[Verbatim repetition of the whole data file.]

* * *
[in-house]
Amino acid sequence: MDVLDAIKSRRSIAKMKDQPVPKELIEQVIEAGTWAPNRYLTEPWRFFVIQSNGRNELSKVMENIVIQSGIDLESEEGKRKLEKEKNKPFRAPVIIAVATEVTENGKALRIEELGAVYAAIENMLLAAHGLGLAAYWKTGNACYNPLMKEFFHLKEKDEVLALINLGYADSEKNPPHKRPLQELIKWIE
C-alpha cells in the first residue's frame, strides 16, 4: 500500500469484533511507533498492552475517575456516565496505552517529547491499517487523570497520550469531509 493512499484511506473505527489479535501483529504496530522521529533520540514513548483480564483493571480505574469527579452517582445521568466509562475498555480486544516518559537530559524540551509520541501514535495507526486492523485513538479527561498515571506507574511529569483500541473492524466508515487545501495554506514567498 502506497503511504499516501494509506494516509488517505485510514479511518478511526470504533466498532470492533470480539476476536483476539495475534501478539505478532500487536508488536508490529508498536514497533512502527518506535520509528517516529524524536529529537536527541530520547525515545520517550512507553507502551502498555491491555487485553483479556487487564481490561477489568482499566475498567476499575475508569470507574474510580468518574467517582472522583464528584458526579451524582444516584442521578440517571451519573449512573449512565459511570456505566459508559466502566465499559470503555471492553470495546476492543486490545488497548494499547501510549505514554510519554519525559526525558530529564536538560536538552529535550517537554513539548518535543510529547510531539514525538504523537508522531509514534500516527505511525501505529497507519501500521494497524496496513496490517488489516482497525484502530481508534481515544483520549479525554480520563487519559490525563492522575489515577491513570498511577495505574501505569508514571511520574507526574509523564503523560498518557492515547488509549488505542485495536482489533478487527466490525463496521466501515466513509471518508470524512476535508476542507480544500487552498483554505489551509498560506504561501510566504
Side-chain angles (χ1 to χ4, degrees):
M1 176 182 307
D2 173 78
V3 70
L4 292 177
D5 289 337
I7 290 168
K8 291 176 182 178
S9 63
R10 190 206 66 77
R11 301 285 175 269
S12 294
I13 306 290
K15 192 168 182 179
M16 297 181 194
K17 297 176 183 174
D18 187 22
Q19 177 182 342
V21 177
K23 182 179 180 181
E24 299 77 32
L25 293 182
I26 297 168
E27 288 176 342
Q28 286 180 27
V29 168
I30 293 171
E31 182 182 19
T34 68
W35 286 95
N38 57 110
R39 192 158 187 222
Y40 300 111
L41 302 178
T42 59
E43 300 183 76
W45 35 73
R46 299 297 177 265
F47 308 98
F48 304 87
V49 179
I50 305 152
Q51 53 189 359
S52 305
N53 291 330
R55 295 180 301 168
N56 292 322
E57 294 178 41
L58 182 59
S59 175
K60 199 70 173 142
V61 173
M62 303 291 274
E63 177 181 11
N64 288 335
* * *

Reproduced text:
[in-house]
Amino acid sequence: MDVLDAIKSRRSIAKMKDQPVPKELIEQVIEAGTWAPNRYLTEPWRFFVIQSNGRNELSKVMENIVIQSGIDLESEEGKRKLEKEKNKPFRAPVIIAVATEVTENGKALRIEELGAVYAAIENMLLAAHGLGLAAYWKTGNACYNPLMKEFFHLKEKDEVLALINLGYADSEKNPPHKRPLQELIKWIE
C-alpha cells in the first residue's frame, strides 16, 4: 500500500469484533511507533498492552475517575456516565496505552517529547491499517487523570497520550469531509 493512499484511506473505527489479535501483529504496530522521529533520540514513548483480564483493571480505574469527579452517582445521568466509562475498555480486544516518559537530559524540551509520541501514535495507526486492523485513538479527561498515571506507574511529569483500541473492524466508515487545501495554506514567498 502506497503511504499516501494509506494516509488517505485510514479511518478511526470504533466498532470492533470480539476476536483476539495475534501478539505478532500487536508488536508490529508498536514497533512502527518506535520509528517516529524524536529529537536527541530520547525515545520517550512507553507502551502498555491491555487485553483479556487487564481490561477489568482499566475498567476499575475508569470507574474510580468518574467517582472522583464528584458526579451524582444516584442521578440517571451519573449512573449512565459511570456505566459508559466502566465499559470503555471492553470495546476492543486490545488497548494499547501510549505514554510519554519525559526525558530529564536538560536538552529535550517537554513539548518535543510529547510531539514525538504523537508522531509514534500516527505511525501505529497507519501500521494497524496496513496490517488489516482497525484502530481508534481515544483520549479525554480520563487519559490525563492522575489515577491513570498511577495505574501505569508514571511520574507526574509523564503523560498518557492515547488509549488505542485495536482489533478487527466490525463496521466501515466513509471518508470524512476535508476542507480544500487552498483554505489551509498560506504561501510566504
Side-chain angles (χ1 to χ4, degrees):
M1 176 182 307
D2 173 78
V3 70
L4 292 177
D5 289 337
I7 290 168
K8 291 176 182 178
S9 63
R10 190 206 66 77
R11 301 285 175 269
S12 294
I13 306 290
K15 192 168 182 179
M16 297 181 194
K17 297 176 183 174
D18 187 22
Q19 177 182 342
V21 177
K23 182 179 180 181
E24 299 77 32
L25 293 182
I26 297 168
E27 288 176 342
Q28 286 180 27
V29 168
I30 293 171
E31 182 182 19
T34 68
W35 286 95
N38 57 110
R39 192 158 187 222
Y40 300 111
L41 302 178
T42 59
E43 300 183 76
W45 35 73
R46 299 297 177 265
F47 308 98
F48 304 87
V49 179
I50 305 152
Q51 53 189 359
S52 305
N53 291 330
R55 295 180 301 168
N56 292 322
E57 294 178 41
L58 182 59
S59 175
K60 199 70 173 142
V61 173
M62 303 291 274
E63 177 181 11
N64 288 335